Scientists from University College London were alerted to a possible genetic link by a number of SIDS cases involving babies with respiratory problems. Picture: PxHere

London - Cot deaths could be caused by a faulty gene, research suggests.

British scientists say the rare defect makes babies’ respiratory muscles weaker, meaning they find it harder to regulate their breathing.

It is the first genetic link to cot death that directly involves a baby’s breathing. The findings could pave the way for a screening programme or drug treatment for infants most at risk, the researchers say.

The exact cause is not known but growing evidence suggests that safer sleeping practices – such as putting babies on their backs – significantly reduce the risk.

Scientists from University College London were alerted to a possible genetic link by a number of SIDS cases involving babies with respiratory problems, and parents with neuromuscular diseases.

These diseases, such as periodic paralysis and myasthenic syndrome – which results in muscle weakness – can severely affect breathing but can be treated with medication.

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Working with the University of California in Los Angeles, researchers looked at 278 cases of SIDS in the UK and US, focusing on mutations in a gene known as SCN4A. Typically, SCN4A mutations are rare, occurring in fewer than five people in every 100 000. But the study uncovered harmful mutant versions of the gene in four of the cot death victims.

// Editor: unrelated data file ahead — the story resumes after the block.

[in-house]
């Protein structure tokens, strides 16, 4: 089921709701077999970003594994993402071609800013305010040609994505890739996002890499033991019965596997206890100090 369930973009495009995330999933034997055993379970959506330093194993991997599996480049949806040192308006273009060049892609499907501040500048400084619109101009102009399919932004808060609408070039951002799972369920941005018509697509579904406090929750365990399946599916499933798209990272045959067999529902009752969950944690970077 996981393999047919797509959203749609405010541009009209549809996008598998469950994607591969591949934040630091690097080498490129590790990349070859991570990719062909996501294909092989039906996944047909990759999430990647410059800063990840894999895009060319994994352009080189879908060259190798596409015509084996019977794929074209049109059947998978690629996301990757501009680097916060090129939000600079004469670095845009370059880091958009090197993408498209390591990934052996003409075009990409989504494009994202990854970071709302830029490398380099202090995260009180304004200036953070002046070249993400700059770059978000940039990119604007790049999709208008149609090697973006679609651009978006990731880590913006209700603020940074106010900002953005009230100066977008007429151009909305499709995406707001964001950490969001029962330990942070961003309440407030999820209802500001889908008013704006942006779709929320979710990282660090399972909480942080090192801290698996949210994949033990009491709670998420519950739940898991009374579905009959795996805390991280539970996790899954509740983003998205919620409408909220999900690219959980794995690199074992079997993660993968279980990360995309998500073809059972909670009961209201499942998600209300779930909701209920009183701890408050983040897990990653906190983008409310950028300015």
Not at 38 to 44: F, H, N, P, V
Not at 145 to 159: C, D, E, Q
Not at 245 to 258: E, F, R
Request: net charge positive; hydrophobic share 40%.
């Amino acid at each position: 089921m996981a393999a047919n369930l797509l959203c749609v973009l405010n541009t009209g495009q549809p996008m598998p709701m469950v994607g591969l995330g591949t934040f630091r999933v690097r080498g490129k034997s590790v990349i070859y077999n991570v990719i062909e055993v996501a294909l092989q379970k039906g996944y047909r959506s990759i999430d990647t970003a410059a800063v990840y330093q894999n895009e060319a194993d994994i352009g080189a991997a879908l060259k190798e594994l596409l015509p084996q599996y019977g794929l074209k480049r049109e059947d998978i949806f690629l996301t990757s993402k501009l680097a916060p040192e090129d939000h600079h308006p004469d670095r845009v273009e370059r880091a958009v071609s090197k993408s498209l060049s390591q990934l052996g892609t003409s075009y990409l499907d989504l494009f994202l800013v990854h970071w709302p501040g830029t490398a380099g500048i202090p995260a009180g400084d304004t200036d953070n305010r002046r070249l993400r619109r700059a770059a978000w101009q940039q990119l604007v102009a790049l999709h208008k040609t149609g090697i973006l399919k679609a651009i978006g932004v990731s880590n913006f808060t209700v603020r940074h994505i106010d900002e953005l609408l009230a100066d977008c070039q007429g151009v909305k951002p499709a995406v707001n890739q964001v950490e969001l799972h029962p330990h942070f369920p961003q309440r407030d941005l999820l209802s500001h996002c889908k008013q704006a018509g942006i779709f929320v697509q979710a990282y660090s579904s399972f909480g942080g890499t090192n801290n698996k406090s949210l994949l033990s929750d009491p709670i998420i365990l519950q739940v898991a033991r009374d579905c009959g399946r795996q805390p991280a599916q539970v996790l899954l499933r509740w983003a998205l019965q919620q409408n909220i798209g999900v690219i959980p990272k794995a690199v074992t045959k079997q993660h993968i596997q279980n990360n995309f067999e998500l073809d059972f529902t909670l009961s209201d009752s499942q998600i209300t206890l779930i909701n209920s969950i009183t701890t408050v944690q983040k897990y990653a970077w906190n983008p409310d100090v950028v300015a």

Tests on the mutation revealed it significantly impaired the function of muscles used during breathing.

Study leader Professor Michael Hanna, from the UCL Institute of Neurology UCL, said it was a "significant discovery".

He added: "Our study is the first to link a genetic cause of weaker breathing muscles with sudden infant death syndrome and suggests that genes controlling breathing muscle function could be important in this condition."

Those with the faulty gene may be at particular risk of cot death, the researchers suggest.

But they stress that this is unlikely to be the sole cause and that the study, published in the medical journal The Lancet, does not change advice about safe sleeping practice.

However, it could pave the way for genetic testing of parents before they conceive. Babies could also be put on medications used to treat neuromuscular diseases during the most risky time, usually between two and six months.